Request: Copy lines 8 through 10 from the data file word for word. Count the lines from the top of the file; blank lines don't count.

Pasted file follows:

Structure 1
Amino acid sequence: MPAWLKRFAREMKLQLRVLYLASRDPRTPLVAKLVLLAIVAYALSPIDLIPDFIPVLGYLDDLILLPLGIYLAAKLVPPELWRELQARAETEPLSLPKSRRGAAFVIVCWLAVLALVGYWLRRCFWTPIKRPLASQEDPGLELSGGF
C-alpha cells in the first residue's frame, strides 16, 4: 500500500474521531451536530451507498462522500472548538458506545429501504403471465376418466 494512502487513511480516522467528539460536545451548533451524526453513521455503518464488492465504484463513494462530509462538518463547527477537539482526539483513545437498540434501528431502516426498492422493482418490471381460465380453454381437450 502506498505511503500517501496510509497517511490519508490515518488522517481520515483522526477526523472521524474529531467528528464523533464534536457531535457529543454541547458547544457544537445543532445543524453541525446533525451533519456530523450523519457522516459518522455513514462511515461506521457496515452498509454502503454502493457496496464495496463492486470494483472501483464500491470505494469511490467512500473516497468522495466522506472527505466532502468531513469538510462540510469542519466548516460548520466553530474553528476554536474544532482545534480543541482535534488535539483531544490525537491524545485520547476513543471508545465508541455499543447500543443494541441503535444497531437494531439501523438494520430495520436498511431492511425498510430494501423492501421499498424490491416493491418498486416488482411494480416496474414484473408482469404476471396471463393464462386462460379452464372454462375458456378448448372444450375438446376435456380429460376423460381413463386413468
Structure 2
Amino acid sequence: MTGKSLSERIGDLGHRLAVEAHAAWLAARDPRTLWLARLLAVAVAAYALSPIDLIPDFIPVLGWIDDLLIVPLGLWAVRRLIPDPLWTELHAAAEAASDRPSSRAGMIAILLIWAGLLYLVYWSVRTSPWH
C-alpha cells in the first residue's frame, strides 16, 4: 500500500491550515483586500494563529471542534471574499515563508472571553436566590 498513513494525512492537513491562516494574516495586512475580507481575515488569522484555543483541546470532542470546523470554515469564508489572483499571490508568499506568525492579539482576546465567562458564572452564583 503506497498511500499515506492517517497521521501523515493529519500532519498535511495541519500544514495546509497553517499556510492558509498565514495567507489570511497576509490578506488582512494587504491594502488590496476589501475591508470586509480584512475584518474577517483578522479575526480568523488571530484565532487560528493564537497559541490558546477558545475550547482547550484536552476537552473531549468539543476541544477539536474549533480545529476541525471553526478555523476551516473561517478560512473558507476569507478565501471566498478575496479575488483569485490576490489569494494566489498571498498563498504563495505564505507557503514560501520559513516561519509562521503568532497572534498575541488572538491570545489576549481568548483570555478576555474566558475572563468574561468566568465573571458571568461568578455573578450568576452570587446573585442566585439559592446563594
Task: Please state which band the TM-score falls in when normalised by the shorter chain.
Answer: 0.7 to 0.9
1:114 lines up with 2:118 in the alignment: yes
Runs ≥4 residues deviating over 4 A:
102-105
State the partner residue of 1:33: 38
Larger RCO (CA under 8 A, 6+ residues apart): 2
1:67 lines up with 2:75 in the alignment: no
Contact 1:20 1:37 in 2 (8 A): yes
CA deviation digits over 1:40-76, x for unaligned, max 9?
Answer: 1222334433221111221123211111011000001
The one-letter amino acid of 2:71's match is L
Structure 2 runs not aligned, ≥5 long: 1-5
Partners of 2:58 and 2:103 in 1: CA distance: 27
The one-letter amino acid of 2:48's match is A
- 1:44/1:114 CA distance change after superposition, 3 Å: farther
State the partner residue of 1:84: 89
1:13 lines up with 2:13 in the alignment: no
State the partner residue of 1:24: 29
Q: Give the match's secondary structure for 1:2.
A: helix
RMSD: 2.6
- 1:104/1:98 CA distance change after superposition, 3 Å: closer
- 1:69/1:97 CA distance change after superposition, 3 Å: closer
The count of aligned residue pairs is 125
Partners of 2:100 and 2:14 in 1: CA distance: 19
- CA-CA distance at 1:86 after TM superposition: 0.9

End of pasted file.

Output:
Answer: 0.7 to 0.9
1:114 lines up with 2:118 in the alignment: yes
Runs ≥4 residues deviating over 4 A: